Out of the past 8/20/08

Wednesday, August 20, 2008

25 years ago: Aug. 20, 1983

Sears Roebuck and Co. has signed an agreement extending its lease on its retail store in the Town Plaza Shopping Center for another five years.

Fifteen buildings on the Southeast Missouri State University campus, including three residence halls, have been found to contain potentially hazardous asbestos materials; students who have signed contracts to live in Dearmont Quadrangle, Towers Complex or Group Housing have been told they can seek release from their housing agreements.

50 years ago: Aug. 20, 1958

A section of the original concrete wall along the Mississippi River is being wrecked to make way for the new floodwall; the original wall was built in 1916 by the Frisco Railroad to permit the filling of the area where the passenger station now stands.

Paul R. Williams, committeeman from Cape Girardeau's Ward 4, was elected to head the Democratic party in the county the next two years during a meeting yesterday at Jackson; that evening, Stone Manes, a committeeman from the Byrd 4 precinct at Jackson, was re-elected Republican party chairman in Cape Girardeau County.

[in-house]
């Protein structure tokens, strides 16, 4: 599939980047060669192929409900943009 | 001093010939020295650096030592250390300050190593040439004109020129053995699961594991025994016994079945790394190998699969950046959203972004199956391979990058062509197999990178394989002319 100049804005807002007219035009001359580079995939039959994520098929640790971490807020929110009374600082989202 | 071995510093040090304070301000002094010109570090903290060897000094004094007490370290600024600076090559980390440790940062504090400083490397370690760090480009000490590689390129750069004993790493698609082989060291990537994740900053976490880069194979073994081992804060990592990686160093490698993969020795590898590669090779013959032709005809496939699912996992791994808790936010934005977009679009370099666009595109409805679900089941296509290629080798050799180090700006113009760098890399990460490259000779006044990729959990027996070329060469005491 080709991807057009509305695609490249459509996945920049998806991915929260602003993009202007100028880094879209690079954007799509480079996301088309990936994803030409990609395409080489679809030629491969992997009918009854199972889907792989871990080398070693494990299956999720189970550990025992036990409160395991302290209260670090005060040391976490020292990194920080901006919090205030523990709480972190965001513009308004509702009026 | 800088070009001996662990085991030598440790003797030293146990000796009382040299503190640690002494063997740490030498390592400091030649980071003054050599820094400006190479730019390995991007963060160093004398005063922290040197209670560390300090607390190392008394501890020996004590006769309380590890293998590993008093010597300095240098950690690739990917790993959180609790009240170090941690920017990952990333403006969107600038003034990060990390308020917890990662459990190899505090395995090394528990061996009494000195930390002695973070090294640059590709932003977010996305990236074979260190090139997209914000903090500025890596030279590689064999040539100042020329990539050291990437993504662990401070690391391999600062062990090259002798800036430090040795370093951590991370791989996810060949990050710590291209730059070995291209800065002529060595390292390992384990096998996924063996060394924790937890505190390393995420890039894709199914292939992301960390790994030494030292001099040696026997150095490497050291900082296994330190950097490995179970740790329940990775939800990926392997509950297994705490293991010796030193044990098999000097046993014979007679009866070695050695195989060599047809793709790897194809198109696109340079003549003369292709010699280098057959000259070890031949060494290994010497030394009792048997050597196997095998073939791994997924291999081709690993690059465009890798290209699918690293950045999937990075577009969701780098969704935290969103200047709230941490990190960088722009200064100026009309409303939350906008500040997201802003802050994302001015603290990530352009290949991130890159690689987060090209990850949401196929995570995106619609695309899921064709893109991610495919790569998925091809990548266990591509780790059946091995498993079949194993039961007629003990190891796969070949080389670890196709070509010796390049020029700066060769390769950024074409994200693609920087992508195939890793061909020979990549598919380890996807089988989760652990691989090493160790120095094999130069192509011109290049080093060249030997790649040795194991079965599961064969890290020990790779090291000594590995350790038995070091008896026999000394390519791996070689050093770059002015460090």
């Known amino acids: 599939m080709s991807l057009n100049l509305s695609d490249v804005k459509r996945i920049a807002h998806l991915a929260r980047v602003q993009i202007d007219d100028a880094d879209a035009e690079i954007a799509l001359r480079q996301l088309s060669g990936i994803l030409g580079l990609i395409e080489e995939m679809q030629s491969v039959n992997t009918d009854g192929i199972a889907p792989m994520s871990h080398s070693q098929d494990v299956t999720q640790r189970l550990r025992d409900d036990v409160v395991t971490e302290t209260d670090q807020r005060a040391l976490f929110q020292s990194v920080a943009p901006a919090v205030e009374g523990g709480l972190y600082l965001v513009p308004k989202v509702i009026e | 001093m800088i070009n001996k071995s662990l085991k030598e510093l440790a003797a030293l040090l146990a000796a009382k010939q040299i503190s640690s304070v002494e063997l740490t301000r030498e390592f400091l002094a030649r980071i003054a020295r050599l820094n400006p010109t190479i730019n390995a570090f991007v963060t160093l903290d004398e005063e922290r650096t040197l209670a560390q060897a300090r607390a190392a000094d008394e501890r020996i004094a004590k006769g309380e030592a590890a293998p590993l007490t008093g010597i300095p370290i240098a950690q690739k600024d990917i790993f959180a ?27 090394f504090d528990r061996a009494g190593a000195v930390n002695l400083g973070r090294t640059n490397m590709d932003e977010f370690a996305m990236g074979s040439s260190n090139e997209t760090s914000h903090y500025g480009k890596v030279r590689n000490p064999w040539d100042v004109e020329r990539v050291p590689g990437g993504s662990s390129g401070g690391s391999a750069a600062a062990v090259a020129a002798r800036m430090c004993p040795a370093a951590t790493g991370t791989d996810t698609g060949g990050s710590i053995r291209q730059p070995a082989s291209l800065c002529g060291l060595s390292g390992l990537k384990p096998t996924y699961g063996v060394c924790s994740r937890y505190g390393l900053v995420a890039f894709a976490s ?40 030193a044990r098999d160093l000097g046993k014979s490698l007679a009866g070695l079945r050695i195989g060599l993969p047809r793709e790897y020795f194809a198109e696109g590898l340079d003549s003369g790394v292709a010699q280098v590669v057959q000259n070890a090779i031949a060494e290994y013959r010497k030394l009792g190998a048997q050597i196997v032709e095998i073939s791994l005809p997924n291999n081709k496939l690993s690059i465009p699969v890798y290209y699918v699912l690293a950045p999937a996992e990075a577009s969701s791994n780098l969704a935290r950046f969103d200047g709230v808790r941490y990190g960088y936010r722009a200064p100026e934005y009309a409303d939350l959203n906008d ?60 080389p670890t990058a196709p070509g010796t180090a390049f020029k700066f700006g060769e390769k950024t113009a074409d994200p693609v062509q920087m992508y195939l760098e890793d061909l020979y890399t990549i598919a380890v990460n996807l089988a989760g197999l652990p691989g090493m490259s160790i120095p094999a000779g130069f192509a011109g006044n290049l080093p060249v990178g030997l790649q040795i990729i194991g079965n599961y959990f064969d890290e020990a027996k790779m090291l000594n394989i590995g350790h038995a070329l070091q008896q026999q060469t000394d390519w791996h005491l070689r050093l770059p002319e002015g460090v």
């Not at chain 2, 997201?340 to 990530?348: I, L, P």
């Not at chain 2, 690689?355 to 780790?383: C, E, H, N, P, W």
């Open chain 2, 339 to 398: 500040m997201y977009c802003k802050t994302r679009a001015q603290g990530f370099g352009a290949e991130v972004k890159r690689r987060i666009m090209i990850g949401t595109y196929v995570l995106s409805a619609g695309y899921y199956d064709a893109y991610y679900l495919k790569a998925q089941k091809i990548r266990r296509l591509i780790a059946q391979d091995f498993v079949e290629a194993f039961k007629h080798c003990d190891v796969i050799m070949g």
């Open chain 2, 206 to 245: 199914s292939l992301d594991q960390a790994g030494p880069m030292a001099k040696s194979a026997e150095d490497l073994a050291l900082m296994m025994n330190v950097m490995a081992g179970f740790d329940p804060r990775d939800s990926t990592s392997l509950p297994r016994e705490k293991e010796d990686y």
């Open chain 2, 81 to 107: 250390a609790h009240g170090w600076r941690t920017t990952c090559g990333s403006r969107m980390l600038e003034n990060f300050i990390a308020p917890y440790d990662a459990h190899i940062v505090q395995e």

75 years ago: Aug. 20, 1933

A joint worship service of the Lutheran Church at Sedgewickville, Mo., and the new English Church, United Lutheran, is held in the morning at the latter's quarters at 900A Broadway in Cape Girardeau; the two congregations hold a picnic dinner after the service.

A $1,800 note, which has been met by members of Centenary Methodist Church in their efforts to pay off church indebtedness, is burned during the morning service by Dr. Marion N. Waldrip, the pastor.

100 years ago: Aug. 20, 1908

The gentlemen who recently secured an option to buy the smelter plant are in Cape Girardeau with an eastern iron manufacturer investigating economic conditions here; a trip is made to the smelter property in the morning, and the afternoon is spent touring the city.

The Cotton Belt Railroad's incline at Bird's Point is rapidly being washed out by the Mississippi River; in order to handle the traffic of the railroads, it will be necessary to transfer the freight between Cairo, Ill., and Belmont, Mo., by boat.

-- Sharon K. Sanders

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